One woman I met at the Pinettes show, Renee Lapeyrolerie, wrote me, “Badly worded, not a crime, just a sin lol enjoy the rest of your stay,” and then advised me to put my phone in a zip-lock bag in case it rained.The city is certainly in the midst of a post-Katrina upswing, with plenty of new dining and drinking spots (the St.(Solo women travelers, as always, should exercise extra caution, no matter the outcry of locals.) But the city also has, I’ve learned, a very forgiving spirit.
w=300" data-large-file="https://usathss.files.wordpress.com/2018/04/8p85gb8b.jpg? w=1000" /A truly disturbing report has emerged from New Hampshire, where a pair of youth baseball coaches reportedly planned to “bean” an 11-year-old girl — the league’s only female player — in an attempt to intimidate her and get her to leave the league.
That’s something that the obsessive reporter in me is going to have to come to terms with, as does any traveler to some degree: Try to do everything and you’ll wind up missing the most magical parts of being far from home.“New Orleans is a feeling,” Angelika Joseph, a singer for the city’s only all-female brass band, The Pinettes, told me while chilling on a sidewalk after a show. From the sense I got on the ground, though, the tricentennial ranks pretty far below Mardi Gras as a thing the city is excited about. Charles Avenue, where I was staying, ladders were set up for the purpose of viewing parades that were two weeks out, and strings of beads from years past were dripping off every oak tree like moss.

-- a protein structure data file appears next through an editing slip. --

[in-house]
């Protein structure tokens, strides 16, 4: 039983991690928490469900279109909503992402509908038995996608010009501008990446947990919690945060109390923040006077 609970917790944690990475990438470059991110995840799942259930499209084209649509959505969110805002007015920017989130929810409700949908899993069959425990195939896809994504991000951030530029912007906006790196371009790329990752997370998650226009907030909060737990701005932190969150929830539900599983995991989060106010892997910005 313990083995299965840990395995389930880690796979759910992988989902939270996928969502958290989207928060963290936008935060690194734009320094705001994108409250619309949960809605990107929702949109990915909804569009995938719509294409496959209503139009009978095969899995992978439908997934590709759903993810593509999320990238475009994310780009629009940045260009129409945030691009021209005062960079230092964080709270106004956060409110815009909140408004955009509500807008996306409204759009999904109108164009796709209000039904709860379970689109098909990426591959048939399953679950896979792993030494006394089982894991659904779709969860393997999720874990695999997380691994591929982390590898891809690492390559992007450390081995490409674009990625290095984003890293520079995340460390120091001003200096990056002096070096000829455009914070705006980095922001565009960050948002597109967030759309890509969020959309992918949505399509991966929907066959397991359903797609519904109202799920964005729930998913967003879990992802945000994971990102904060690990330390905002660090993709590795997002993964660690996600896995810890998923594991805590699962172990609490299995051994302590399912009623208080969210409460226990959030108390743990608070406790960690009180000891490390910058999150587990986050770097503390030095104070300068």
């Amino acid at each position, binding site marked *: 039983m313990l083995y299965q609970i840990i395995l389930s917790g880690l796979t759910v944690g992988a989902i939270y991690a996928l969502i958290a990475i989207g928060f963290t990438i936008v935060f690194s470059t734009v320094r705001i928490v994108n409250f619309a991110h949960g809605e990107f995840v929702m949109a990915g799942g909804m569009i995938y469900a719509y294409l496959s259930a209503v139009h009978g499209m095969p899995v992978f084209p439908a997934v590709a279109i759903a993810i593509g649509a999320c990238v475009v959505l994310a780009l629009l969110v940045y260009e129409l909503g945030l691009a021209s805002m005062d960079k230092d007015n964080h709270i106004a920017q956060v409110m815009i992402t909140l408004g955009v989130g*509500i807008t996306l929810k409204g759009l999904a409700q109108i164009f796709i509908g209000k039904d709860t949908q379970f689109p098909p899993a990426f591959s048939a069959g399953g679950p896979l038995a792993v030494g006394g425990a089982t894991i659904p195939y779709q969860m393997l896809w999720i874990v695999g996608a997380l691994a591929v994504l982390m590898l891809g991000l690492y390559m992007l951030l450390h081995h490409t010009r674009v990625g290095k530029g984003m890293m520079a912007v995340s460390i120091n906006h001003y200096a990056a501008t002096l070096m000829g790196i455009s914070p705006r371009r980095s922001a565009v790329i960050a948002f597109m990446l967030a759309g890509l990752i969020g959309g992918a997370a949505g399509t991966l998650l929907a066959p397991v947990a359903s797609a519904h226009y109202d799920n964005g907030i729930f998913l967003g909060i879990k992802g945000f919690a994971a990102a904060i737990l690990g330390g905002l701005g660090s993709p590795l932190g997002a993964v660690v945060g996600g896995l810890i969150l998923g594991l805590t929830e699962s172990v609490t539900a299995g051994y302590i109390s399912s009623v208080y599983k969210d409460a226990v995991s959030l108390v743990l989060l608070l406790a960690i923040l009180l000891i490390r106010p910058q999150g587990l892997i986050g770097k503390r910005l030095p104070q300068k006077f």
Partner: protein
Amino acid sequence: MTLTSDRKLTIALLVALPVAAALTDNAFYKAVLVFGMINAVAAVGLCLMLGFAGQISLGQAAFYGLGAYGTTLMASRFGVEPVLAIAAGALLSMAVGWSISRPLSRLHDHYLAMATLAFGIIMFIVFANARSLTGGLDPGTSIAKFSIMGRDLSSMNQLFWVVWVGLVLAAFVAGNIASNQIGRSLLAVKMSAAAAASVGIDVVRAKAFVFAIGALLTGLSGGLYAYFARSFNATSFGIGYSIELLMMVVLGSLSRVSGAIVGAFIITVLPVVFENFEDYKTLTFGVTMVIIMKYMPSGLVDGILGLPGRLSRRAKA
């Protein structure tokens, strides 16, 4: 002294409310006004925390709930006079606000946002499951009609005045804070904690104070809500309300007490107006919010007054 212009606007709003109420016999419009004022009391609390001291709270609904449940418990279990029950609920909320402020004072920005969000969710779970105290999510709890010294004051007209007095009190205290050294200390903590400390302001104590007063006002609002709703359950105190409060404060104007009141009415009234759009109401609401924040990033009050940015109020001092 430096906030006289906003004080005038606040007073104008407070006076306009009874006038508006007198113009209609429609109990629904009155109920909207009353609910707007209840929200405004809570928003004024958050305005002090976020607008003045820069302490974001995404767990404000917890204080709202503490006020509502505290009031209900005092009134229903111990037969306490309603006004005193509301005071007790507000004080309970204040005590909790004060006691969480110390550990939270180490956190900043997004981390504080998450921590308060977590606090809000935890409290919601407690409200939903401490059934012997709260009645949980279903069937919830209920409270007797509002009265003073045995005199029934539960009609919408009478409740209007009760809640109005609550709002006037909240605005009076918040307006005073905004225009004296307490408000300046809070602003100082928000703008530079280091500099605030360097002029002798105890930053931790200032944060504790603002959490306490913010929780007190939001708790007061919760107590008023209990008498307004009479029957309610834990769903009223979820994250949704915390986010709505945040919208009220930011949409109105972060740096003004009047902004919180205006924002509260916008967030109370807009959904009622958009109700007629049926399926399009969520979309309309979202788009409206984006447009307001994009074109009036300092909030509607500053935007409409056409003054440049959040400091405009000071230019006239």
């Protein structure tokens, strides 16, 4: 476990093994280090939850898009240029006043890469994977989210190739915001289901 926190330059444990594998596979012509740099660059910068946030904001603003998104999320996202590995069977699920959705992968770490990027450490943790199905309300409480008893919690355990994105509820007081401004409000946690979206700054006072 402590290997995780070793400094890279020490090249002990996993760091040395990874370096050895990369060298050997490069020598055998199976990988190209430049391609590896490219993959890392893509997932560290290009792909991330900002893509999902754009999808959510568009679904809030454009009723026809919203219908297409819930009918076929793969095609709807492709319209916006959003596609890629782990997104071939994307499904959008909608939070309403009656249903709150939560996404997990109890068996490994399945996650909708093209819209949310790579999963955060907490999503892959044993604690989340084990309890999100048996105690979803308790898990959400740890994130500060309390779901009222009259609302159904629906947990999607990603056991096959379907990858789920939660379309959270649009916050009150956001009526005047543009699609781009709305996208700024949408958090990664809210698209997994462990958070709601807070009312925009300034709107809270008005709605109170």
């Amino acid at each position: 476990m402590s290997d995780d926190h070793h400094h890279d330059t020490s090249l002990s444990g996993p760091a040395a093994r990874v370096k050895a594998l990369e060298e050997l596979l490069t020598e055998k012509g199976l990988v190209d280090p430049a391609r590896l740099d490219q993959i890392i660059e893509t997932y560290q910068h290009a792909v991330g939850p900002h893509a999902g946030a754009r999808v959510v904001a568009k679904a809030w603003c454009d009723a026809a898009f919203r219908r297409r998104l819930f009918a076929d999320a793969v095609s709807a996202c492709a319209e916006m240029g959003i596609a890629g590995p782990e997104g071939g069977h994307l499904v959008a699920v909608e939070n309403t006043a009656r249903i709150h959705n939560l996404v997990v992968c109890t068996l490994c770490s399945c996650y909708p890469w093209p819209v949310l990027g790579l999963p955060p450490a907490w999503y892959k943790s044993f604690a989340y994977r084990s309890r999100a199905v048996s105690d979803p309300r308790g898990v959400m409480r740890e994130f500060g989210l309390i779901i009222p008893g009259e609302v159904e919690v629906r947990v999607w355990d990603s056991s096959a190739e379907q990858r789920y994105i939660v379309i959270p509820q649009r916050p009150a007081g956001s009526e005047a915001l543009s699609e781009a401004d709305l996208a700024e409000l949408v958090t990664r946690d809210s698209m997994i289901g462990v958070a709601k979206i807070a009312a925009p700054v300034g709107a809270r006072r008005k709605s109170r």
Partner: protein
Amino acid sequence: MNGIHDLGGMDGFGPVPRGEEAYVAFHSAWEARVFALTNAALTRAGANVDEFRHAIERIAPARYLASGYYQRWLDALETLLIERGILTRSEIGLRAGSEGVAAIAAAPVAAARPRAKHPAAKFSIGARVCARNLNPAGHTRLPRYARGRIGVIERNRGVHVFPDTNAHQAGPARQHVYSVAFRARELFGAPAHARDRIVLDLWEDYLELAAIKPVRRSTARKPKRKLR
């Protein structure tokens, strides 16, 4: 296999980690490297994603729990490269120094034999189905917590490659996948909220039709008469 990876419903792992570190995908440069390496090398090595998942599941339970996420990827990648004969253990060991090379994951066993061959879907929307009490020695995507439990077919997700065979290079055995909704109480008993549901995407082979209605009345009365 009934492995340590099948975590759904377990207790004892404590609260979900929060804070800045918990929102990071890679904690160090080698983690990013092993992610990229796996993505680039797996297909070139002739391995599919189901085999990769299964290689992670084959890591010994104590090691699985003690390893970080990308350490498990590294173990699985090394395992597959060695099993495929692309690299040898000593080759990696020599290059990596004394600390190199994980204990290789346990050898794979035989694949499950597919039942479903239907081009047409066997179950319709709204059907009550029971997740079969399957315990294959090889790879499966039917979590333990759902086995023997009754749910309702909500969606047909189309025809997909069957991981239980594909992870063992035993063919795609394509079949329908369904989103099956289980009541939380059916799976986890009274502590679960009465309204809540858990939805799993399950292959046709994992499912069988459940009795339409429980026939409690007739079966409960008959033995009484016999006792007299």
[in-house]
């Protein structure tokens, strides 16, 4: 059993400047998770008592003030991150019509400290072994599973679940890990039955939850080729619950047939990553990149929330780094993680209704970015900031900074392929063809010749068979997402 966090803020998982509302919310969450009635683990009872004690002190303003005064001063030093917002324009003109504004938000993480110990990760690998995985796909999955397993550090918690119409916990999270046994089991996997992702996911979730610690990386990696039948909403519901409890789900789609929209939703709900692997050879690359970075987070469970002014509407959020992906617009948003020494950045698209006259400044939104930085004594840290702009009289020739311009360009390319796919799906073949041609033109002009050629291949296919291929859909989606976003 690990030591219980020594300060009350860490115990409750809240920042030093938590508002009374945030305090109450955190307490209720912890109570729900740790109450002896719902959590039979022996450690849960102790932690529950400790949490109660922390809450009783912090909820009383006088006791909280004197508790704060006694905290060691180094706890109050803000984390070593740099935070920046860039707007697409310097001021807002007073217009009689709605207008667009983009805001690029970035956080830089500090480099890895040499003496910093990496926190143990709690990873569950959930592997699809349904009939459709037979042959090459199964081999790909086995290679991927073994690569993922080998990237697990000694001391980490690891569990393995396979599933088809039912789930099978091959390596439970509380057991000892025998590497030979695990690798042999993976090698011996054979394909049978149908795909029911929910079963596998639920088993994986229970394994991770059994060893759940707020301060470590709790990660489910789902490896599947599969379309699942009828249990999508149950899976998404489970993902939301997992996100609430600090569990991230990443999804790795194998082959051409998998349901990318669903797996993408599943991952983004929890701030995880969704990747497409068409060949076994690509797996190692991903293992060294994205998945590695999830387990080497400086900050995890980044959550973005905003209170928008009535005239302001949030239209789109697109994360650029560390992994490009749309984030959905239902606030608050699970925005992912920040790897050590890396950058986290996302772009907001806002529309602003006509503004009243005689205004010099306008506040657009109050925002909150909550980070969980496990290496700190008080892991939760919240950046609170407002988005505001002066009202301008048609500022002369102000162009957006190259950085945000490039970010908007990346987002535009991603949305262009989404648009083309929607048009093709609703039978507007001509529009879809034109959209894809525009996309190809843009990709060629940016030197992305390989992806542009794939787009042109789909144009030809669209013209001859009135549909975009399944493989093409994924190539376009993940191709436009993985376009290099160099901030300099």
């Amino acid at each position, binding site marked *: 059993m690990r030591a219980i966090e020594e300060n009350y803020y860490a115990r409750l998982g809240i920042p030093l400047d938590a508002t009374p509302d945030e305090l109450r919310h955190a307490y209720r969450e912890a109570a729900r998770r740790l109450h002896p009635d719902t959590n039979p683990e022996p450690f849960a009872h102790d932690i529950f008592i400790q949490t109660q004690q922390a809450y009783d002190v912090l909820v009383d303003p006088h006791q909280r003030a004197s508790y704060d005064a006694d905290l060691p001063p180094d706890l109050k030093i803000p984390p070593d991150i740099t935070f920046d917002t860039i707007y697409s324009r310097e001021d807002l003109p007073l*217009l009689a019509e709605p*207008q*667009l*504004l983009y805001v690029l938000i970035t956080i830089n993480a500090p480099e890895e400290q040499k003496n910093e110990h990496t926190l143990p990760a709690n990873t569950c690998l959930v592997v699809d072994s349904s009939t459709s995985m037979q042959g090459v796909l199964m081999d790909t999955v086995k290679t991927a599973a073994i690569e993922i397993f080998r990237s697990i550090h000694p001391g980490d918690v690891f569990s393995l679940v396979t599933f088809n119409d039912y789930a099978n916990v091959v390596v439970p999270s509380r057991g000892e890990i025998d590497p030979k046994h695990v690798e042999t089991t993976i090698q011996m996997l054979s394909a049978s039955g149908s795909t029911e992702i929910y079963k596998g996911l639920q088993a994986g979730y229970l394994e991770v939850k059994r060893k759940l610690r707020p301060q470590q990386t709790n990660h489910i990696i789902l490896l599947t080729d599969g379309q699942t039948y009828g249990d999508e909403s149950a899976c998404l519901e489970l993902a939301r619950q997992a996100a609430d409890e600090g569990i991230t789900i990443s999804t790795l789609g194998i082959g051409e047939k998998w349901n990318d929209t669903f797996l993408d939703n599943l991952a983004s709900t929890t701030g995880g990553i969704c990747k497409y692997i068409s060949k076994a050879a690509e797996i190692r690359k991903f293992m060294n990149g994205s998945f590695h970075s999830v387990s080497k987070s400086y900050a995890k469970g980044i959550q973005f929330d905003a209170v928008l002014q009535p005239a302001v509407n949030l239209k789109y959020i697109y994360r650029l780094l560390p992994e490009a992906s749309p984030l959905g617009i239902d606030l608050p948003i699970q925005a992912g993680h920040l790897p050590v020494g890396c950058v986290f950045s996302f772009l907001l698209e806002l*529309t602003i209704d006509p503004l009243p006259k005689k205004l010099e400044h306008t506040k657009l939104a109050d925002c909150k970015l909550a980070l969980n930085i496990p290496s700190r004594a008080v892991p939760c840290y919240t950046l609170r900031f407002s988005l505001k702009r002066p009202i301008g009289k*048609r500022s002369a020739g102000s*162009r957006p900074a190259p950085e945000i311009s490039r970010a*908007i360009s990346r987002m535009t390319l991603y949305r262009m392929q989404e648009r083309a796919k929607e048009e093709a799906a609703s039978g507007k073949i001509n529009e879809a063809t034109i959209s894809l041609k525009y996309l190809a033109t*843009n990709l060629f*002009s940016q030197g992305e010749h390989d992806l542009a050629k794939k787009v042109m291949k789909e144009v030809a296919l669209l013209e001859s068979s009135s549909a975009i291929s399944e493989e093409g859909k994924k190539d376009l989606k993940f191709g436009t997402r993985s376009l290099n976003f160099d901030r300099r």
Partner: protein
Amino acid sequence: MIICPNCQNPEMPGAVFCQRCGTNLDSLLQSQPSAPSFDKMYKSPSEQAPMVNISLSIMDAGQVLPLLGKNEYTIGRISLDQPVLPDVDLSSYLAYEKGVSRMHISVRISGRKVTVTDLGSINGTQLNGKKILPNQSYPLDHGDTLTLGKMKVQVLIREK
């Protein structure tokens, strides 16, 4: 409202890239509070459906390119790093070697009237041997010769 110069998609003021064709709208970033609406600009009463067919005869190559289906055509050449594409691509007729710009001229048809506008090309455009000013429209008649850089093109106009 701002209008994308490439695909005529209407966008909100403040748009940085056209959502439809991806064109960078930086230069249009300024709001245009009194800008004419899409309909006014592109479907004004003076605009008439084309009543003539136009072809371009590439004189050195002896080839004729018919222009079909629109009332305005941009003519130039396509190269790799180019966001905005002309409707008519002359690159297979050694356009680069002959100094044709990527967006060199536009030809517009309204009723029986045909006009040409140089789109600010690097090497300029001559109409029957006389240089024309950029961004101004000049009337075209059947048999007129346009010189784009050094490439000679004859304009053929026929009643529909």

“We’re so cool, even our trees have bling,” I overheard someone say.
The 52 Places Traveler Our new columnist — chosen (out of 13,000 applicants) to visit all of the spots on our 52 Places list — finds plenty to celebrate in New Orleans, including fierce pride and a spirit of forgiveness.
On my first trip to New Orleans, eight years ago, I bought a new pair of sneakers.